A short way along the beach, beyond the dunes and a collection of pretty beach huts, sits the flint stone village of Old Hunstanton…
Continuing along the beach a fairly deep (wellies ok but walking boots not so) divides the beach and we are forced to stay on the inland side (the tide is coming in and I certainly don’t want to get caught out!
Our turning point is Holme-next-the-sea where marshlands stretch in front of us before a stretch of low tide beach and the sea.
On our return we are trying to stay ahead of the rather black looking cloud that seems to be coming our way…
We don’t quite make it but it is fortunately short and sharp and though we get wet, the following sun and ever present breeze soon sorts us out again.
We even linger a while to watch the kite surfers – crikey they must be cold!!
A delightful 5 mile walk and home to find out what Boris has in store for us today.
A grey start quickly followed be some rather damp mizzle for – yes I’m afraid the rest of the day – it just snivelled by. Still we shall not allow a little damp stuff to stand in our way and set off for Heacham. Instead of exploring pastures new we opted for walking back along Snettisham Beach which was deserted so that Poppydog could have a good runabout.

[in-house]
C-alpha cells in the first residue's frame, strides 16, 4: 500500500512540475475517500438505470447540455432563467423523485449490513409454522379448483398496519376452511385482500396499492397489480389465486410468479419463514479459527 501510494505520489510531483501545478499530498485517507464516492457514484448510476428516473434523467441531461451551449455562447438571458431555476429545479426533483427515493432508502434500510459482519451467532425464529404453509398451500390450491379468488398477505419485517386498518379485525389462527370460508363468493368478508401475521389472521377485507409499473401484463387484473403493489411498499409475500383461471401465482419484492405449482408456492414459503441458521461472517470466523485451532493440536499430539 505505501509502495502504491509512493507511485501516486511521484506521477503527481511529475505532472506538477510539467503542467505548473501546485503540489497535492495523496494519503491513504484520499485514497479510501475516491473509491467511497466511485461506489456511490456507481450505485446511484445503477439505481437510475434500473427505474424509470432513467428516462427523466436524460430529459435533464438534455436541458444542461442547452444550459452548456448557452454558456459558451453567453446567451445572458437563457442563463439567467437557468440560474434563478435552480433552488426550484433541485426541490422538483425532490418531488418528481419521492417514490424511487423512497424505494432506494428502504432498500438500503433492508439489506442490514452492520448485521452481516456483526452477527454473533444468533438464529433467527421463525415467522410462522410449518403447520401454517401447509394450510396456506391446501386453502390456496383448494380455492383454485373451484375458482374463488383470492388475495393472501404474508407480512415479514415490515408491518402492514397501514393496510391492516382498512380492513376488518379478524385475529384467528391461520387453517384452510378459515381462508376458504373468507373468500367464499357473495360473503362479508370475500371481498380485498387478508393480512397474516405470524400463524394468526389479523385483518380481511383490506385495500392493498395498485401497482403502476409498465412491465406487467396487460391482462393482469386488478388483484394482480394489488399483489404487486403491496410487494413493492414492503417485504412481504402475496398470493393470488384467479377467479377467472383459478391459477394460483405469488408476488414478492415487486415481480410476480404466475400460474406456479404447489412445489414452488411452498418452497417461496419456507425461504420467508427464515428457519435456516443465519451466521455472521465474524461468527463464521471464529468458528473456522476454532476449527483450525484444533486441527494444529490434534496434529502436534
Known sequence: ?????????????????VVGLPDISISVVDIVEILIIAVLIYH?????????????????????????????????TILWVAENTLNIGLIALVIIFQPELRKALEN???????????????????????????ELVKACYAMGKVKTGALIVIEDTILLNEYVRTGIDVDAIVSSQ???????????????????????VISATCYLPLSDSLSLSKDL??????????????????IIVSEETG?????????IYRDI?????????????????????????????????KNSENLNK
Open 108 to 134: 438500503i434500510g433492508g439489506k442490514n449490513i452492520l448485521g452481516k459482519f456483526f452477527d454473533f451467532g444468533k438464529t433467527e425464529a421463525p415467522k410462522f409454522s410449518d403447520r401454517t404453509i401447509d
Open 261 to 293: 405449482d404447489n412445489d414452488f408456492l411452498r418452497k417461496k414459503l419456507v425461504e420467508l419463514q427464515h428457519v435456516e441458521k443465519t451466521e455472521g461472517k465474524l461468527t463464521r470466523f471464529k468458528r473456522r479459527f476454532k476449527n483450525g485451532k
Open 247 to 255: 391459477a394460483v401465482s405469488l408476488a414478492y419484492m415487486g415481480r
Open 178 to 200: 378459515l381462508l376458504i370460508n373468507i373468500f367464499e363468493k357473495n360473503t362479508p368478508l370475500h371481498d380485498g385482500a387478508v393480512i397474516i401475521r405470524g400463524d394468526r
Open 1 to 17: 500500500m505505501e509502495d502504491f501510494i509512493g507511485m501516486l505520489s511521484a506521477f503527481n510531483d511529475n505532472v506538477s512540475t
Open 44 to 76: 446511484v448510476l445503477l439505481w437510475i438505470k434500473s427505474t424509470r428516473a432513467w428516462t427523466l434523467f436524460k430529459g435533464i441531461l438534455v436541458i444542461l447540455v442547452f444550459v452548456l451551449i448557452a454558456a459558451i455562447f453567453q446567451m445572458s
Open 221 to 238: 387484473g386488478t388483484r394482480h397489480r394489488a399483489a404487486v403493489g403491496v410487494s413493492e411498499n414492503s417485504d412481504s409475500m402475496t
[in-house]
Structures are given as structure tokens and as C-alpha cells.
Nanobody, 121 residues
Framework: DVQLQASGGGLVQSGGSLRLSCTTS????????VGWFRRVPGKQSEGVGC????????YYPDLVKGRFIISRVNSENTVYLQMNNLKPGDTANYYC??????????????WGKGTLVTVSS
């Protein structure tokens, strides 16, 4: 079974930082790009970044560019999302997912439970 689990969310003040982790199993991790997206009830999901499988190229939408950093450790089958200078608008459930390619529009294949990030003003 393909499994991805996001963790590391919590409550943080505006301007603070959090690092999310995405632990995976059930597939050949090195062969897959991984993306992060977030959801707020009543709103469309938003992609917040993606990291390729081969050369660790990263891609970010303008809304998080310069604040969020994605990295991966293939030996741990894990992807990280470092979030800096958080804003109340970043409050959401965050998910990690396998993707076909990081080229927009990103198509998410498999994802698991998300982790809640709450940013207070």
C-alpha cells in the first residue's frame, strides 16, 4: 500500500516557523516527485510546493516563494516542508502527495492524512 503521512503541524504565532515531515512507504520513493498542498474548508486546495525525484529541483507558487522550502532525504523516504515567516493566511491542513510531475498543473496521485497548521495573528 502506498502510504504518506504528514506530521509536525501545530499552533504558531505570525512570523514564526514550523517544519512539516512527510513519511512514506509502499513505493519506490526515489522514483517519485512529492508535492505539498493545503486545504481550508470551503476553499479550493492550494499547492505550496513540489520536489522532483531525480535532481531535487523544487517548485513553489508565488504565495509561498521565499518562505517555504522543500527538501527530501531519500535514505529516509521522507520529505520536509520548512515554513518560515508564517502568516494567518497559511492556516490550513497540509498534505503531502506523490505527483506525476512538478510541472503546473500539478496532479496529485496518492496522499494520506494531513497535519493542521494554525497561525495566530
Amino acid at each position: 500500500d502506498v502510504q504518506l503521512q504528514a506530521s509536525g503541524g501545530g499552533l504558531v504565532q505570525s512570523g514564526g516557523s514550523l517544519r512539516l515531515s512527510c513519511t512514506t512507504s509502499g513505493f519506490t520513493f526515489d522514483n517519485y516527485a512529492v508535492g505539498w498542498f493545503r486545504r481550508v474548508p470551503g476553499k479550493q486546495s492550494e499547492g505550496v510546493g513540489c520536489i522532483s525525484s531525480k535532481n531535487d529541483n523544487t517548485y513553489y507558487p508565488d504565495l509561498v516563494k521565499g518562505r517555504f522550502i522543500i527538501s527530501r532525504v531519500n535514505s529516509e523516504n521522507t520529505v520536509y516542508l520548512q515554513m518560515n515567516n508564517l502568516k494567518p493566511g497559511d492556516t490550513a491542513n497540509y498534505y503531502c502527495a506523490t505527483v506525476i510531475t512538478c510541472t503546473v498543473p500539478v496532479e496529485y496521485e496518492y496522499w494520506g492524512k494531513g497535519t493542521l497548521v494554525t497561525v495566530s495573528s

And she’s gone….Then she’s back, a speck on the horizon….
We kept this up for an hour before giving in to the dampness and heading back to the warmth of home.
Another fine day here in Norfolk – is spring on the way? Whatever, we are going to enjoy it anyway. Today we headed back to Shepherds Port and our sneaky parking spot, but this time we are walking northwards towards Hunstanton.
I’m afraid I just can’t resist a shot with marram grass in it!
The beach here is still mostly stony so lying on it might be a bit lumpy and sand castle building a no no and as the tide is high again I’m not sure what the swimming conditions would be like – time will tell.
For a couple of miles the beach is backed by the sand covered sea wall and behind that a large Nature Reserve with wetlands and marshlands. Fabulous dog walking country. As we walked along the dunes / sea wall which incidentally we pretty much had to ourselves, stretching in front of us is South Beach, Heacham.
Here the brisk breeze is being put to good use as a few kite surfers glide over the surf at a fair rate of knots!
The beach is empty and Poppydog has found a ball, so we pause a while, for me a sit in the sun to watch the kite surfing and for Poppydog….
Her own little game of fetch cum hide and seek – who knows? But if it keeps her quiet, entertained and running off some energy then it is good by me.
Now please don’t think me facetious but I believe we are self-isolating as best we can in these very strange times. Keep well and safe.